Viral: Residents of remote village in S. Sulawesi carry dead body for 60 km to reach cemetery

Photo: Facebook/Firmansyah Abadi

While some areas Indonesia have seen great improvements to roads and other transportation infrastructure in recent years, other regions remain nearly inaccessible due to a lack of such development, making it extremely difficult for people living in those areas to get around, and, in this case, transport a dead body.

Recently, a video has gone viral showing residents of the remote Rampi Sub-district in the Luwu Utara Regency of South Sulawesi carrying a dead body on a stretcher for around 60 kilometers, traversing steep hills and rough terrain, as there is no road access to the deceased’s village and final resting place.

 

The journey reportedly took 18 hours. The deceased’s family decided on making the journey by foot because the only viable alternatives were using an ojek (motorcycle taxi), which would have cost millions of rupiah, or chartering a plane, which would have cost them IDR50 million (US$3,550).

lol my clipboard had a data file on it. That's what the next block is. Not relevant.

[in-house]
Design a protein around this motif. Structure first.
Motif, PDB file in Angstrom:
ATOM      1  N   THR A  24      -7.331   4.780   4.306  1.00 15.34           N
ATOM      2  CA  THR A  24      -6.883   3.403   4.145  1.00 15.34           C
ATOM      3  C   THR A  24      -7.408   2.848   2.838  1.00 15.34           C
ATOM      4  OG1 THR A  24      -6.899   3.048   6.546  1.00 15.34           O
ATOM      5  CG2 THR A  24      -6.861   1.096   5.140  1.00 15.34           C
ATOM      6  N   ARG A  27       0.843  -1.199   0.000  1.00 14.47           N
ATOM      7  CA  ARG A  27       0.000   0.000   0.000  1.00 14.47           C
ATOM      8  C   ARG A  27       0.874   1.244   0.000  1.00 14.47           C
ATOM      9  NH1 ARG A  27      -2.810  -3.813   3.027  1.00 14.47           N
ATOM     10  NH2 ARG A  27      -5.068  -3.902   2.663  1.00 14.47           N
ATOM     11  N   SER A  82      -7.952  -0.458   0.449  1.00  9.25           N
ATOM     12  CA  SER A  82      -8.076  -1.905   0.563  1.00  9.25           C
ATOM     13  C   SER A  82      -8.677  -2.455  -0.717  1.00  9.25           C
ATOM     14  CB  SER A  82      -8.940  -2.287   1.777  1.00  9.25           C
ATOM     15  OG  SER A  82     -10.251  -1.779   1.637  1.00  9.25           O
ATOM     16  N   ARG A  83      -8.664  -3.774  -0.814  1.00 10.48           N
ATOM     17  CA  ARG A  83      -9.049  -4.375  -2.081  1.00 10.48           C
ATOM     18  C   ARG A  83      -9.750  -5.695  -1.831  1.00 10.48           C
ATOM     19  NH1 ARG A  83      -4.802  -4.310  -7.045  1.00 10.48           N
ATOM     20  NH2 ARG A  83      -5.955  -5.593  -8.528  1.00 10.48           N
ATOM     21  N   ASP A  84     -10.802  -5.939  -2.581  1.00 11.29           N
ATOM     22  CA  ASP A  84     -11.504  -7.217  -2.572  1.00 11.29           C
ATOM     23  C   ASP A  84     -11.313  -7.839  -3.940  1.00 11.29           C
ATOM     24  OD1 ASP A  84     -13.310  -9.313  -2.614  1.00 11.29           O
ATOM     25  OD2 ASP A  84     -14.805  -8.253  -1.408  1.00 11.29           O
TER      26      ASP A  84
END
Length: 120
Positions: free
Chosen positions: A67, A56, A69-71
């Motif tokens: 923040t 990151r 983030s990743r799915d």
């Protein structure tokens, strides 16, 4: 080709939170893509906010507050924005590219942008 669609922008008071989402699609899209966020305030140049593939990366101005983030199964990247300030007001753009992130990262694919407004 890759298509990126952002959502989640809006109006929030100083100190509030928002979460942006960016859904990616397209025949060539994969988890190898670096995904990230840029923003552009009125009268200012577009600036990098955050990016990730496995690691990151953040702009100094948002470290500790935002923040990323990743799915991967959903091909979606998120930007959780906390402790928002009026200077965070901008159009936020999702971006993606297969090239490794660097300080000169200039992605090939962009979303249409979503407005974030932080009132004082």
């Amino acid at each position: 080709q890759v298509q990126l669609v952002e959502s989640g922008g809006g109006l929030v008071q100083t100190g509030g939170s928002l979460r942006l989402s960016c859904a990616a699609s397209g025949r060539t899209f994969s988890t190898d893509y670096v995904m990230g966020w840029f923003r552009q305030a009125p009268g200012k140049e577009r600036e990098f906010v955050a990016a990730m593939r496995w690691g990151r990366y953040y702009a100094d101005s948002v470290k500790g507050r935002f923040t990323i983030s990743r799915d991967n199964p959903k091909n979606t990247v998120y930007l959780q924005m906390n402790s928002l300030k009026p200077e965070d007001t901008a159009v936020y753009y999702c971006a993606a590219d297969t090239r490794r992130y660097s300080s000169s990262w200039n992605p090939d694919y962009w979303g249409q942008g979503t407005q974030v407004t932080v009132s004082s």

Roy Pathibang, a Rampi resident who took the video, said this wasn’t the first time they had to carry a dead body this far. He said they have done this at least 10 times because of the limited access to and from their village.

He says Rampi residents are hoping the  government, especially President Joko Widodo, will pay attention to them and build decent infrastructure to connect their area to others.

“We in Rampi haven’t really enjoyed [government] development, we sometimes say we’re ‘belum merdeka’ (not yet sovereign) because of the lack of attention from the government,” Roy said today, as quoted by Tribun

“Pak president keeps on building highways in Java, but we also want to have our own roads, but no one cares about us,” Roy added.

President Jokowi has actually made infrastructure development one of the cornerstones of his presidency, as well as promising to continue his projects if he gets re-elected this year. Jokowi has splurged on infrastructure since taking office in 2014, with his administration having plans for of 222 infrastructure projects — not only in Java — and allocating billions of dollars of the state budget each year for that purpose.


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